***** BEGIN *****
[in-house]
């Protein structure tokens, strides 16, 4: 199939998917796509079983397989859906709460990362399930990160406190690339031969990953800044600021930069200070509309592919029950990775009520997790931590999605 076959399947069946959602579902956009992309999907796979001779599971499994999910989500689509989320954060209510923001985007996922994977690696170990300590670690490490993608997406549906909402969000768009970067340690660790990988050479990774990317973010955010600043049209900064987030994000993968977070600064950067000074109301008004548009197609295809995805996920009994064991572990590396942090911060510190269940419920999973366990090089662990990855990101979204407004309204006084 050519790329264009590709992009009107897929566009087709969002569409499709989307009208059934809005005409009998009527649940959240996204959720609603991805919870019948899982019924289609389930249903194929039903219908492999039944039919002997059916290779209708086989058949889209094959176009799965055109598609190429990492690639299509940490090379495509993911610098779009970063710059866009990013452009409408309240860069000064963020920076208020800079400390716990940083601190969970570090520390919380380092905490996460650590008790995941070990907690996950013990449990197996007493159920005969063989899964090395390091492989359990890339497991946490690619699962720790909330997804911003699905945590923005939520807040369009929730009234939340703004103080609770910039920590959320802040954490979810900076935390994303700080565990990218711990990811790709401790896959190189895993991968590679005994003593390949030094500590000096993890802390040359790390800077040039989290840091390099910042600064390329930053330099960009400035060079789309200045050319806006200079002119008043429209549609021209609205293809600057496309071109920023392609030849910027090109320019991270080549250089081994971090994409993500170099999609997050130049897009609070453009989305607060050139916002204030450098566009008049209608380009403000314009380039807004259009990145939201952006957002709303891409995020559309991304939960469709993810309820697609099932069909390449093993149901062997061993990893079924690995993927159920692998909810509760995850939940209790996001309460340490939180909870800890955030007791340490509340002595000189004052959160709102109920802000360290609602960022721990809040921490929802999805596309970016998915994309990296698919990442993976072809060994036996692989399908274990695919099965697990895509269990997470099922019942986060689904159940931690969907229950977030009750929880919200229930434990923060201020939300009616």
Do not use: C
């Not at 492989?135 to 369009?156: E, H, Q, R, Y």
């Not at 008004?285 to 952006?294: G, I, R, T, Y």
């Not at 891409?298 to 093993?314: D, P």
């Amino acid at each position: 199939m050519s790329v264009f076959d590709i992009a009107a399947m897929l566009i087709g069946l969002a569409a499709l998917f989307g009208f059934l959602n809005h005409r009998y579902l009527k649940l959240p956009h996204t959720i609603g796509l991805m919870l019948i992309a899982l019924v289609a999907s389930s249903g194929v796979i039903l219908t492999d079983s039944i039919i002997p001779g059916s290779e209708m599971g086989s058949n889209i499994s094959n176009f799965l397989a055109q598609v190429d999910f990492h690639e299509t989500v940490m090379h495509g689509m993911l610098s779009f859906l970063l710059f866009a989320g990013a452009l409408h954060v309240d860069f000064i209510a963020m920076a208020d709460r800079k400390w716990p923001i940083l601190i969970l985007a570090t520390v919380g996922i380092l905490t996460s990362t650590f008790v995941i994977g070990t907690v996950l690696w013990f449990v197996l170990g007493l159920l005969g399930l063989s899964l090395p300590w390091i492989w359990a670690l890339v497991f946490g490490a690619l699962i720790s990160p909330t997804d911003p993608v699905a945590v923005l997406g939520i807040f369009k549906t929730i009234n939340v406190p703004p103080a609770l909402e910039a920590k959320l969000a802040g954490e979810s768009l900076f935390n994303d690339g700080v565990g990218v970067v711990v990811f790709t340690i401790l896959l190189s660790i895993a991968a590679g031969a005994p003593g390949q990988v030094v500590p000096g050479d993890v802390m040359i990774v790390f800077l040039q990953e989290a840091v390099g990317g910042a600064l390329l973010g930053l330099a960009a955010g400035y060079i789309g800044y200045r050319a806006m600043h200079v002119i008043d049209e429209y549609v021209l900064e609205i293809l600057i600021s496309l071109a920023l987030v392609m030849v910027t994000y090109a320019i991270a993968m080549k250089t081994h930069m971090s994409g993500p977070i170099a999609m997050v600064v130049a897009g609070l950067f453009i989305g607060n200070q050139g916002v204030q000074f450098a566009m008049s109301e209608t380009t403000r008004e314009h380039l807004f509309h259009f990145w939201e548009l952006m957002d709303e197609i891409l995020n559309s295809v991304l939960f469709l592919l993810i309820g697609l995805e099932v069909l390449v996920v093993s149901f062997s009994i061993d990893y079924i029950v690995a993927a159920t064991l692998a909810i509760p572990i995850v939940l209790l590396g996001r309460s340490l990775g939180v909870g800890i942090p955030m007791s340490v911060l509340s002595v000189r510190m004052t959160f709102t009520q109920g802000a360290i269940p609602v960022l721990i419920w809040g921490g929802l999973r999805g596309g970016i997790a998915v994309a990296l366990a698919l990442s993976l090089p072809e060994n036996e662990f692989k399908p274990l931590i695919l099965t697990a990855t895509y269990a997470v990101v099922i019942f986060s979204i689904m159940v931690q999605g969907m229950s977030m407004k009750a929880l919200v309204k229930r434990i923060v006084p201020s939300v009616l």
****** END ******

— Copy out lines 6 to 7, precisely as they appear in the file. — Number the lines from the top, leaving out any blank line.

């Not at 891409?298 to 093993?314: D, P």
């Amino acid at each position: 199939m050519s790329v264009f076959d590709i992009a009107a399947m897929l566009i087709g069946l969002a569409a499709l998917f989307g009208f059934l959602n809005h005409r009998y579902l009527k649940l959240p956009h996204t959720i609603g796509l991805m919870l019948i992309a899982l019924v289609a999907s389930s249903g194929v796979i039903l219908t492999d079983s039944i039919i002997p001779g059916s290779e209708m599971g086989s058949n889209i499994s094959n176009f799965l397989a055109q598609v190429d999910f990492h690639e299509t989500v940490m090379h495509g689509m993911l610098s779009f859906l970063l710059f866009a989320g990013a452009l409408h954060v309240d860069f000064i209510a963020m920076a208020d709460r800079k400390w716990p923001i940083l601190i969970l985007a570090t520390v919380g996922i380092l905490t996460s990362t650590f008790v995941i994977g070990t907690v996950l690696w013990f449990v197996l170990g007493l159920l005969g399930l063989s899964l090395p300590w390091i492989w359990a670690l890339v497991f946490g490490a690619l699962i720790s990160p909330t997804d911003p993608v699905a945590v923005l997406g939520i807040f369009k549906t929730i009234n939340v406190p703004p103080a609770l909402e910039a920590k959320l969000a802040g954490e979810s768009l900076f935390n994303d690339g700080v565990g990218v970067v711990v990811f790709t340690i401790l896959l190189s660790i895993a991968a590679g031969a005994p003593g390949q990988v030094v500590p000096g050479d993890v802390m040359i990774v790390f800077l040039q990953e989290a840091v390099g990317g910042a600064l390329l973010g930053l330099a960009a955010g400035y060079i789309g800044y200045r050319a806006m600043h200079v002119i008043d049209e429209y549609v021209l900064e609205i293809l600057i600021s496309l071109a920023l987030v392609m030849v910027t994000y090109a320019i991270a993968m080549k250089t081994h930069m971090s994409g993500p977070i170099a999609m997050v600064v130049a897009g609070l950067f453009i989305g607060n200070q050139g916002v204030q000074f450098a566009m008049s109301e209608t380009t403000r008004e314009h380039l807004f509309h259009f990145w939201e548009l952006m957002d709303e197609i891409l995020n559309s295809v991304l939960f469709l592919l993810i309820g697609l995805e099932v069909l390449v996920v093993s149901f062997s009994i061993d990893y079924i029950v690995a993927a159920t064991l692998a909810i509760p572990i995850v939940l209790l590396g996001r309460s340490l990775g939180v909870g800890i942090p955030m007791s340490v911060l509340s002595v000189r510190m004052t959160f709102t009520q109920g802000a360290i269940p609602v960022l721990i419920w809040g921490g929802l999973r999805g596309g970016i997790a998915v994309a990296l366990a698919l990442s993976l090089p072809e060994n036996e662990f692989k399908p274990l931590i695919l099965t697990a990855t895509y269990a997470v990101v099922i019942f986060s979204i689904m159940v931690q999605g969907m229950s977030m407004k009750a929880l919200v309204k229930r434990i923060v006084p201020s939300v009616l």